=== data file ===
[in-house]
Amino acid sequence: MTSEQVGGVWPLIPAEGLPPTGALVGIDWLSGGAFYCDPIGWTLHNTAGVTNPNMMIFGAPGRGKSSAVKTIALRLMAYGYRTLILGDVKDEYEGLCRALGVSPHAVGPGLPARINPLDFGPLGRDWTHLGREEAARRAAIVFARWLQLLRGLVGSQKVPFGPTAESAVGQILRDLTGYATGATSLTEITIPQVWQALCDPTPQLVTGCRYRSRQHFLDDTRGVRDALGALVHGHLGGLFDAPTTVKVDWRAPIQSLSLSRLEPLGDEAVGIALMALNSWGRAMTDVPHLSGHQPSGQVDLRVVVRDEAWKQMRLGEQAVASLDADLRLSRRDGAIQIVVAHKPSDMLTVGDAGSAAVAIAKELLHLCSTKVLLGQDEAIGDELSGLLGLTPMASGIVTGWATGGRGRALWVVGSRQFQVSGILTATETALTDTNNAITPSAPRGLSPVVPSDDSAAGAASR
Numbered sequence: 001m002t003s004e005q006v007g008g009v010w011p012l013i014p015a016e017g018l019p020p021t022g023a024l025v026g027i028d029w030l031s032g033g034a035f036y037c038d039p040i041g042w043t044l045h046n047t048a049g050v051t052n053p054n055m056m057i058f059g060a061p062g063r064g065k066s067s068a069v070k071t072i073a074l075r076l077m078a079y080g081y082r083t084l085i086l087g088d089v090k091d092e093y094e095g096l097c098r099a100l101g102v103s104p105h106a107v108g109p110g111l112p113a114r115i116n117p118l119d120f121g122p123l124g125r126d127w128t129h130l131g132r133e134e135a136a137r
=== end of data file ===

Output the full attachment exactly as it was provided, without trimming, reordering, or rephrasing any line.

[in-house]
Amino acid sequence: MTSEQVGGVWPLIPAEGLPPTGALVGIDWLSGGAFYCDPIGWTLHNTAGVTNPNMMIFGAPGRGKSSAVKTIALRLMAYGYRTLILGDVKDEYEGLCRALGVSPHAVGPGLPARINPLDFGPLGRDWTHLGREEAARRAAIVFARWLQLLRGLVGSQKVPFGPTAESAVGQILRDLTGYATGATSLTEITIPQVWQALCDPTPQLVTGCRYRSRQHFLDDTRGVRDALGALVHGHLGGLFDAPTTVKVDWRAPIQSLSLSRLEPLGDEAVGIALMALNSWGRAMTDVPHLSGHQPSGQVDLRVVVRDEAWKQMRLGEQAVASLDADLRLSRRDGAIQIVVAHKPSDMLTVGDAGSAAVAIAKELLHLCSTKVLLGQDEAIGDELSGLLGLTPMASGIVTGWATGGRGRALWVVGSRQFQVSGILTATETALTDTNNAITPSAPRGLSPVVPSDDSAAGAASR
Numbered sequence: 001m002t003s004e005q006v007g008g009v010w011p012l013i014p015a016e017g018l019p020p021t022g023a024l025v026g027i028d029w030l031s032g033g034a035f036y037c038d039p040i041g042w043t044l045h046n047t048a049g050v051t052n053p054n055m056m057i058f059g060a061p062g063r064g065k066s067s068a069v070k071t072i073a074l075r076l077m078a079y080g081y082r083t084l085i086l087g088d089v090k091d092e093y094e095g096l097c098r099a100l101g102v103s104p105h106a107v108g109p110g111l112p113a114r115i116n117p118l119d120f121g122p123l124g125r126d127w128t129h130l131g132r133e134e135a136a137r